Photo credit: Anna Chahuneau
 

In my Political Ecology course, we discuss that the economic dimensions of the decision-making process of the Indigenous people must be considered following a Georgescu-Roegen model, including the two first laws of thermodynamics in the analysis (Martinez-Allier, 2002) and not only including ecosystem service values as if they would be solved by the market (Gowdy, 1997). Sustainability of the non-timber forest production and conservation of biodiversity associated is achieved by respecting the values of Indigenous people (Sen et. al, 1993). This includes the right for all communities to maintain their traditions in gathering, fishing and hunting, without pressure from public officers for developing projects without their opinion in their lands for the purpose of activities deemed to be more “profitable”, as has been done in the past.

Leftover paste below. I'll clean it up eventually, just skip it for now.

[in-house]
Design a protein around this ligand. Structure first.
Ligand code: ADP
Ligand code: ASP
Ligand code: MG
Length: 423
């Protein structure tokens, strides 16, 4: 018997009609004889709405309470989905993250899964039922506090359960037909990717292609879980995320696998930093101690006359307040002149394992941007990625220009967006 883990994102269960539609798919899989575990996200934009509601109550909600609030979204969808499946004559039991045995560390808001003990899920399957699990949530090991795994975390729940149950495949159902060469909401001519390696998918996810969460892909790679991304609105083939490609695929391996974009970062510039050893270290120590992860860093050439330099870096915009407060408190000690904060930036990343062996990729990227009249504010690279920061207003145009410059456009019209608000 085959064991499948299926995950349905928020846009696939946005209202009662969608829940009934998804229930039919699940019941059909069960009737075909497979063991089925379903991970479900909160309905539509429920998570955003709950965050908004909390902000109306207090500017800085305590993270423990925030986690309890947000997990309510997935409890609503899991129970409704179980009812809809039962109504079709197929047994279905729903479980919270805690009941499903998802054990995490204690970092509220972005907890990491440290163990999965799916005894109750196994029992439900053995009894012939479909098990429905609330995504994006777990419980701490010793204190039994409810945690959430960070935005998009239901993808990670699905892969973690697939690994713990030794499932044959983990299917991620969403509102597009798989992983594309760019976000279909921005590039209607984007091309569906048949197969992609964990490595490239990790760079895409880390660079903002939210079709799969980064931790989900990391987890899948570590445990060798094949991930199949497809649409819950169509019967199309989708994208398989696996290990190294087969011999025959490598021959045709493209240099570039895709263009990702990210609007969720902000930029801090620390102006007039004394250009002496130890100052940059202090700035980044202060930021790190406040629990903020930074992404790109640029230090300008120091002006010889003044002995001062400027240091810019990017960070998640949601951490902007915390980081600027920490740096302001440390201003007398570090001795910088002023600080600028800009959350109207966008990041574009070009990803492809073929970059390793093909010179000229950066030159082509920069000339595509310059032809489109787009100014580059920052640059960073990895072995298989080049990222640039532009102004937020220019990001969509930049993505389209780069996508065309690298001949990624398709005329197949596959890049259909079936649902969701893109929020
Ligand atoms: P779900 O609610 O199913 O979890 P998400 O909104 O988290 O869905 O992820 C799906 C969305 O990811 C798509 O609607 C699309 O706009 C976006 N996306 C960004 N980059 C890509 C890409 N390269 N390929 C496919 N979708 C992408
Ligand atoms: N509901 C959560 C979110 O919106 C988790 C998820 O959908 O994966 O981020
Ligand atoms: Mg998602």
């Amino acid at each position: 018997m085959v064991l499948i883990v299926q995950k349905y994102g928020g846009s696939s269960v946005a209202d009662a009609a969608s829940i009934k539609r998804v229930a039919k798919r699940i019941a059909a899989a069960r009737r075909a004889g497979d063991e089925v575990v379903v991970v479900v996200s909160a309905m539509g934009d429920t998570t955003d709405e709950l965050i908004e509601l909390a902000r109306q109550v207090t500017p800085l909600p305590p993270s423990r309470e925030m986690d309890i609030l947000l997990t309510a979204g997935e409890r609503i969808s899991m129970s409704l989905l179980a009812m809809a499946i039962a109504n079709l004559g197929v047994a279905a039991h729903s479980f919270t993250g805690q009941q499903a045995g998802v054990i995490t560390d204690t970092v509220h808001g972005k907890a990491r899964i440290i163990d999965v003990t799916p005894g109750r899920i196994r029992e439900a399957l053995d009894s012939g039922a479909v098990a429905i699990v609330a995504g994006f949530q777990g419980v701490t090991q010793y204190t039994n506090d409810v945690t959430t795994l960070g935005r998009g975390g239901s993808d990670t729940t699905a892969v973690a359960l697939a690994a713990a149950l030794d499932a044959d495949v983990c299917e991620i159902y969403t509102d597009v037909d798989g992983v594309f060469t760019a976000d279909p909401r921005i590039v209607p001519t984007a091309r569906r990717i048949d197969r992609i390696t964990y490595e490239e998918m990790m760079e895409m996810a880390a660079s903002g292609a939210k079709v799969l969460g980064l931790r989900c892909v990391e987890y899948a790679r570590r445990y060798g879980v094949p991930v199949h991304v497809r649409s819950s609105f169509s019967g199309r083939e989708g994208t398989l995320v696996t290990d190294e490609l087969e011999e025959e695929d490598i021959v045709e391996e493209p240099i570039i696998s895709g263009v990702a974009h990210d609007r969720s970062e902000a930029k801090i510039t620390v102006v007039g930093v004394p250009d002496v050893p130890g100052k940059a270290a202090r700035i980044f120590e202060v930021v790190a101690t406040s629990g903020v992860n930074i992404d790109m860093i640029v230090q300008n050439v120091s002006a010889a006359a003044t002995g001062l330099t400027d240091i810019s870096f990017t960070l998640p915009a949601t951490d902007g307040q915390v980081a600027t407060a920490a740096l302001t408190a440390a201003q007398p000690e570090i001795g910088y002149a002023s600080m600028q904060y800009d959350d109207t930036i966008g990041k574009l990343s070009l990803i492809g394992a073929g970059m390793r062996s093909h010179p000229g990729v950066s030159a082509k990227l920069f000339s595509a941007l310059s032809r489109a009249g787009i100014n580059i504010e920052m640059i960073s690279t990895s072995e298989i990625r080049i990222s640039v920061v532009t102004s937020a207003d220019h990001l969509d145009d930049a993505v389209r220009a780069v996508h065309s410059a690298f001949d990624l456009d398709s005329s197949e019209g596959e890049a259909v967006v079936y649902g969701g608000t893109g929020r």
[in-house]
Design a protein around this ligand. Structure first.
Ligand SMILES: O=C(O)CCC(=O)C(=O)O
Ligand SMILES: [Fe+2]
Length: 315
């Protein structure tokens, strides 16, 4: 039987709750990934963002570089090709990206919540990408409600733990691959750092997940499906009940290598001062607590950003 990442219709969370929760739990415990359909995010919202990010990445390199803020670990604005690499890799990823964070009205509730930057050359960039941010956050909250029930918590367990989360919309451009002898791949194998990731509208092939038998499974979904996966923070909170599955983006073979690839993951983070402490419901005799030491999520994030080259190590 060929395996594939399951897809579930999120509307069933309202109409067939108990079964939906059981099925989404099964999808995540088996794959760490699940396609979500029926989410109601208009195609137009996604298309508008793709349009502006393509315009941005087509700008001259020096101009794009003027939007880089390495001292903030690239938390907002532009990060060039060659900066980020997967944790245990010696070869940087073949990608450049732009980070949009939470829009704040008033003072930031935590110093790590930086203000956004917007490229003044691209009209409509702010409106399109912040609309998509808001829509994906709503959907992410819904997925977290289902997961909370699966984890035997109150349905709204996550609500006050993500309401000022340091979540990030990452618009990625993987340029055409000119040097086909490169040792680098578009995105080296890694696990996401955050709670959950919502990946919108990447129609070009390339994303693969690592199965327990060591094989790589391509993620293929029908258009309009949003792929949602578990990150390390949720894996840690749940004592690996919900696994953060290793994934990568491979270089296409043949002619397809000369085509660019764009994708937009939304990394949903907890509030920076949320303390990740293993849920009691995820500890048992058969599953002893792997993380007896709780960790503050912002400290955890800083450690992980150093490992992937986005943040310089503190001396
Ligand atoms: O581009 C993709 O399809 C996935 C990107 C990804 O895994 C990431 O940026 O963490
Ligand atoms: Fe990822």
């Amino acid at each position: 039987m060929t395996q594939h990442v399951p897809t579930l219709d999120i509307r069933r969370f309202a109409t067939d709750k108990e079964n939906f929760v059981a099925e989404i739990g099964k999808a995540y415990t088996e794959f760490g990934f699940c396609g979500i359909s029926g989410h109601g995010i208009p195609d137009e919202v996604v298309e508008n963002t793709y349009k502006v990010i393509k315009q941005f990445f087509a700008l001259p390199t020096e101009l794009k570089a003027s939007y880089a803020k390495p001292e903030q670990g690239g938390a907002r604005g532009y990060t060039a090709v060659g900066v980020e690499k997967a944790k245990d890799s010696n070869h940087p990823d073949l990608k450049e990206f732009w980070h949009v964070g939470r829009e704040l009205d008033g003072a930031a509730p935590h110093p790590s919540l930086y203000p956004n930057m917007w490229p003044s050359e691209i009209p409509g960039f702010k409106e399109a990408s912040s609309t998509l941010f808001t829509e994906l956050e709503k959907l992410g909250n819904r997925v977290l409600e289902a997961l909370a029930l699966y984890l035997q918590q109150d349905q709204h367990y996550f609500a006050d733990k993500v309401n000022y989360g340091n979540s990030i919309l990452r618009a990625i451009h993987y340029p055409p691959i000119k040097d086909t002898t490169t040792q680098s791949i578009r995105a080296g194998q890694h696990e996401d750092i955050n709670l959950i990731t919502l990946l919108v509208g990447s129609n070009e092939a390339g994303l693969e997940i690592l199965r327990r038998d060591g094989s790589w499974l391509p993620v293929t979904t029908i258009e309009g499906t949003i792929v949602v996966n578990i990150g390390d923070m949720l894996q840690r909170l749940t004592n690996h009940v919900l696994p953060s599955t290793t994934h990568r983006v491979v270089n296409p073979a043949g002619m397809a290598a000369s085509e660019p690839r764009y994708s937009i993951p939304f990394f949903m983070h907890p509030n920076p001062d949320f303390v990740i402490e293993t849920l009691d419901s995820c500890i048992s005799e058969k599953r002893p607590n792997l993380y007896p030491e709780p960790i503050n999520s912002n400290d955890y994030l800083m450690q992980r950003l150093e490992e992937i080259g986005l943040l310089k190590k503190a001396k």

Photo credit: Anna Chahuneau
 

The main challenge community-based management systems currently face is maintaining adequate support of respect for land titling rights from the Peruvian State. This would include support for the completement of land titling for Indigenous communities and fostering integrated and participatory sustainable projects, plans and policies. Recall that Peru is going on 200 years of independence from Spain but has more than 2,000 years of Amazon Indigenous history, during which Indigenous communities have developed traditional ecological knowledge. Communities know about edible fruits and nuts, medicinal plants, how animals interact with their environments, as well as hold wisdom about nature and the forest generally. The respectful dialogue of all stakeholders, for example, between urban and rural populations, is key to find solutions for building a long-term, sustainable future for the Peruvian Amazon (Salo et al, 2017).